Home › Product Reviews › NutriProtein Product Review

Review of NutriProtein from United Naturals

Review Rating
5 out of 5 stars/ 5
Best For
Weight Control and Converting Fat into Energy
Buy Direct (Best Price)

No Risk – 60 day money back guarantee

Transparency disclosure: For each person who buys NutriProtein by clicking a link on this page, Reviewed By Science receives a small percentage of the sale. We would strongly recommend this product without compensation, but I want you to know all the potential motivations for Reviewed By Science writing this review. Transparency rules!

Review Summary of NutriProtein

Sometimes it seems that weight-loss products and programs are a dime a dozen. So why should you consider NutriProtein? Two important reasons.

First, protein powders can be an effective part of a sensible weight-loss program. Used according to directions, they are safe and they work. NutriProtein is a proprietary blend of essential nutrients, organic proteins and high-fiber superfoods designed to assist weight control...and more. This protein powder helps suppress your appetite while 1) converting fat into energy naturally and 2) replenishing important vitamins and minerals.

Second, unlike whey protein isolate, NutriProtein is ideal for people who are lactose intolerant or who tend to experience bloating, gas or cramps from whey products. I really appreciate that. And I like the fact that NutriProtein is all-natural and 100% plant-based and is suitable for anyone wanting a Vegan and/or Kosher protein powder.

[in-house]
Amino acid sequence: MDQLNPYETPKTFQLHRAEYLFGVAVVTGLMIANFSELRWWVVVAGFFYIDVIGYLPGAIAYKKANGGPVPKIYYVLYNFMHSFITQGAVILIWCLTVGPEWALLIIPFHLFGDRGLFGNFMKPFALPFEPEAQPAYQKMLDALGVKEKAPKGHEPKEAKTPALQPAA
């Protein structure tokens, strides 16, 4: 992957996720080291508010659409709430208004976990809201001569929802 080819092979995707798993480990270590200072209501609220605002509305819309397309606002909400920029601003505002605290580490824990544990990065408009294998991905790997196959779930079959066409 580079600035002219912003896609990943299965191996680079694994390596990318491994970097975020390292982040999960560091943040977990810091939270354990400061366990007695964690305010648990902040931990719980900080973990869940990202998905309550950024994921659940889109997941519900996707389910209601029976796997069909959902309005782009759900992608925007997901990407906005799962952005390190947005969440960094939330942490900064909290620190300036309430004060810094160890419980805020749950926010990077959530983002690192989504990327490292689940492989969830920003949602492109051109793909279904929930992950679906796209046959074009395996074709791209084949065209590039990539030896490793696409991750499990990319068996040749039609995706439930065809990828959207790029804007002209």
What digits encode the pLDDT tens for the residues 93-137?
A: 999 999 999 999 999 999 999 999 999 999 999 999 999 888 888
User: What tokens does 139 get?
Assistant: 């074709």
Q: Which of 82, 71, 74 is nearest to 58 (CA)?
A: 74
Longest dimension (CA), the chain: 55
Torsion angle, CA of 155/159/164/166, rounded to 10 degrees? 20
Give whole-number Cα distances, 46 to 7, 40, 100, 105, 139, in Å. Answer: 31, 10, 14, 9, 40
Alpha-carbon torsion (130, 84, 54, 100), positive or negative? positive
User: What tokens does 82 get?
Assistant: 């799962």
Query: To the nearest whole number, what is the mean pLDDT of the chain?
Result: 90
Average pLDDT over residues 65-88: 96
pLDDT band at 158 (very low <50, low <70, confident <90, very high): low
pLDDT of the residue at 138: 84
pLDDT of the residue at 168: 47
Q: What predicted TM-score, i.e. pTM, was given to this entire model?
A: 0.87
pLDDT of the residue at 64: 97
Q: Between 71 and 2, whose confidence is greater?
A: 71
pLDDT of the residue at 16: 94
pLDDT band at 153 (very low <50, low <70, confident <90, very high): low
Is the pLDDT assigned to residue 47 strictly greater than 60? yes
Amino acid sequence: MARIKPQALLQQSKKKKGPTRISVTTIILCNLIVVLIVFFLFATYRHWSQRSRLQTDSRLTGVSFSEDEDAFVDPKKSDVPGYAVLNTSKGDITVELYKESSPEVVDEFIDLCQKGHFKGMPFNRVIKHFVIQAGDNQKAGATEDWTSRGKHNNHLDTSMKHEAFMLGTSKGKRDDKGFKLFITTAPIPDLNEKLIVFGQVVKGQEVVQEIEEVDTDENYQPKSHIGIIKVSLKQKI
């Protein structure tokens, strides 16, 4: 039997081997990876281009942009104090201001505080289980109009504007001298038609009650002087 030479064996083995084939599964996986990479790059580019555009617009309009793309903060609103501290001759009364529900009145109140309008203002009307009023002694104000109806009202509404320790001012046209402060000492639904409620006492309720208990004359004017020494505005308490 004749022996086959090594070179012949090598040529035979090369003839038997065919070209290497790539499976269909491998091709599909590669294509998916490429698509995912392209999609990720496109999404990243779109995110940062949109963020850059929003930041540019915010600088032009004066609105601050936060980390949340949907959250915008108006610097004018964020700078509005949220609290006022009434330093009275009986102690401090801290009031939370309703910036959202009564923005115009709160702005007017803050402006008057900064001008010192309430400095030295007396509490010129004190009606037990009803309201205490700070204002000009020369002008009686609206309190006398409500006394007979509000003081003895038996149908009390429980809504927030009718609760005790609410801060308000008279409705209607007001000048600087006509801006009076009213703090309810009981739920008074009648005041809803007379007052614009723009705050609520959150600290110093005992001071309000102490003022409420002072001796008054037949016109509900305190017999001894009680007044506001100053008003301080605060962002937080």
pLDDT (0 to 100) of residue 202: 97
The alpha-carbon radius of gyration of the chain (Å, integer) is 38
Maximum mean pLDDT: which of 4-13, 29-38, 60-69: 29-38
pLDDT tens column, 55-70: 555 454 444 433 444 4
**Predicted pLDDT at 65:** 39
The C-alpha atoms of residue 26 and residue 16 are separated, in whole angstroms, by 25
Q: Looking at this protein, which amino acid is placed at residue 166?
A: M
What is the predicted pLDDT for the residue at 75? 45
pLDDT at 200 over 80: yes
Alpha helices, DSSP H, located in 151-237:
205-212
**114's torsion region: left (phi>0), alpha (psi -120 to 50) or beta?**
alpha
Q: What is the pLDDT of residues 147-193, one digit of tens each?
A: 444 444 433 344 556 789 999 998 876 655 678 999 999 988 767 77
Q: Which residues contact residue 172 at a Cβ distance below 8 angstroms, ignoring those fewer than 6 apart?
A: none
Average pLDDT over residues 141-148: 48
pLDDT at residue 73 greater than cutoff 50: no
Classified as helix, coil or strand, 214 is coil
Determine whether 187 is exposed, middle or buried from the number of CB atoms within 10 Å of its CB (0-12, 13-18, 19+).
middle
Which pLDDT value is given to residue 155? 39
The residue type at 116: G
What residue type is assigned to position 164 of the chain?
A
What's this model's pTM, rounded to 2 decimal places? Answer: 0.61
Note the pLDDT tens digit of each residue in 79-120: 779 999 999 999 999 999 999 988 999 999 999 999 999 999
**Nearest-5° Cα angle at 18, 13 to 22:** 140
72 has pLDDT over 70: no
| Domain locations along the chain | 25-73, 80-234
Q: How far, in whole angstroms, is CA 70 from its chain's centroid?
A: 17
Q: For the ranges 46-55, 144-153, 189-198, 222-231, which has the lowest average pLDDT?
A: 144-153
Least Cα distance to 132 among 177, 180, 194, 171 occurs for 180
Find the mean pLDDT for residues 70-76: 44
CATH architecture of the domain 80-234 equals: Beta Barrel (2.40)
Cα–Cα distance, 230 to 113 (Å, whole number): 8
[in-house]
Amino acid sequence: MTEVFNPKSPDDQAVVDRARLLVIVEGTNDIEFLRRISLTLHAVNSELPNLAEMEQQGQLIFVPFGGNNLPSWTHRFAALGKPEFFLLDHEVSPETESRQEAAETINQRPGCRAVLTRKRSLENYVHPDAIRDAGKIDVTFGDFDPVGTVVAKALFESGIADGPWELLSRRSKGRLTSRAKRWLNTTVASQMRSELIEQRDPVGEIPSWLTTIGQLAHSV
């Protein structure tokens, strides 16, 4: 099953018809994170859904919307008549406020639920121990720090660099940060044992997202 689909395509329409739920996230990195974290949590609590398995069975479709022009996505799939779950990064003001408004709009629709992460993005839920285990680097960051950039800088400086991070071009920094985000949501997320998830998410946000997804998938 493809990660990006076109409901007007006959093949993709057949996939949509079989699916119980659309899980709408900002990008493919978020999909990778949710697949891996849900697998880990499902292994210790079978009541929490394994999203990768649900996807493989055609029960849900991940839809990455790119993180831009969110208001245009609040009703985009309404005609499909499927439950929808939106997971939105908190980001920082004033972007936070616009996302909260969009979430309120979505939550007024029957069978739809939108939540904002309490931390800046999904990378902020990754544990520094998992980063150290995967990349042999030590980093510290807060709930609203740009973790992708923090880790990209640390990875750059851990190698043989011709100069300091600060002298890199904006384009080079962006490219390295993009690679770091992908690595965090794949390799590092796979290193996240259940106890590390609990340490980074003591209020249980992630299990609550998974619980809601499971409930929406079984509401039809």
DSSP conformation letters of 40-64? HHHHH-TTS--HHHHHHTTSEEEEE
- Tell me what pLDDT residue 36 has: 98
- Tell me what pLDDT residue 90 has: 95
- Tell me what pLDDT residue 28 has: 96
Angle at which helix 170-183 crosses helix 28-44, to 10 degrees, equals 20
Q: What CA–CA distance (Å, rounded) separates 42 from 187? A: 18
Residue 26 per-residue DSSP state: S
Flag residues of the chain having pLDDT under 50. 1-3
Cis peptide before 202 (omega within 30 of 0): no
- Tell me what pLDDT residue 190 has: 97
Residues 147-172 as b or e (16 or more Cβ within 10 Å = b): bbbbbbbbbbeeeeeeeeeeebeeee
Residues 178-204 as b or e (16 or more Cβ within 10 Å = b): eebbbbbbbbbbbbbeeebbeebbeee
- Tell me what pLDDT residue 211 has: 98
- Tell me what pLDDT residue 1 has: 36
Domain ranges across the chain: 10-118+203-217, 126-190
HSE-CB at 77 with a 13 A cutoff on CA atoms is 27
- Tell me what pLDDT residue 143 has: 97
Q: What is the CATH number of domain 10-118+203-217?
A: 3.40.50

One serving of NutriProtein has just 20mg of sodium and less than 1g of sugar, which is 8% of a 1950 calorie diet. All sugars are natural, and there are no added sugars.

Just add water to create a smooth shake with a unique taste that combines both vanilla and chocolate flavors.

If you have one serving every other day (as recommended), the 15 servings per bottle should last you a month.

What's the Inspiration for NutriProtein?

Although I didn't discuss the inspiration behind the development of NutriProtein with Vincent Pedre, MD--certified medical doctor and United Naturals Chief Wellness Officer--I know from previous conversations that Dr. Pedre has long focused on issues related to digestion.

I think, therefore, that the decision to create a plant-based, Vegan protein powder without any whey protein isolate or dairy ingredients is in line with other United Naturals products designed to support your good digestion and provide optimal nutrient absorption.

NutriProtein Ingredients

Chickpea Protein Powder

Chickpeas are a rich source of complete protein, including essential amino acids. Cooking and processing actually makes the protein more bioavailable.1 Chickpeas also contain several vitamins and minerals that are helpful for human health and are high in isoflavones.2 Chickpea powder is sold commercially as chickpea flour.

Puris Pea Protein Concentrate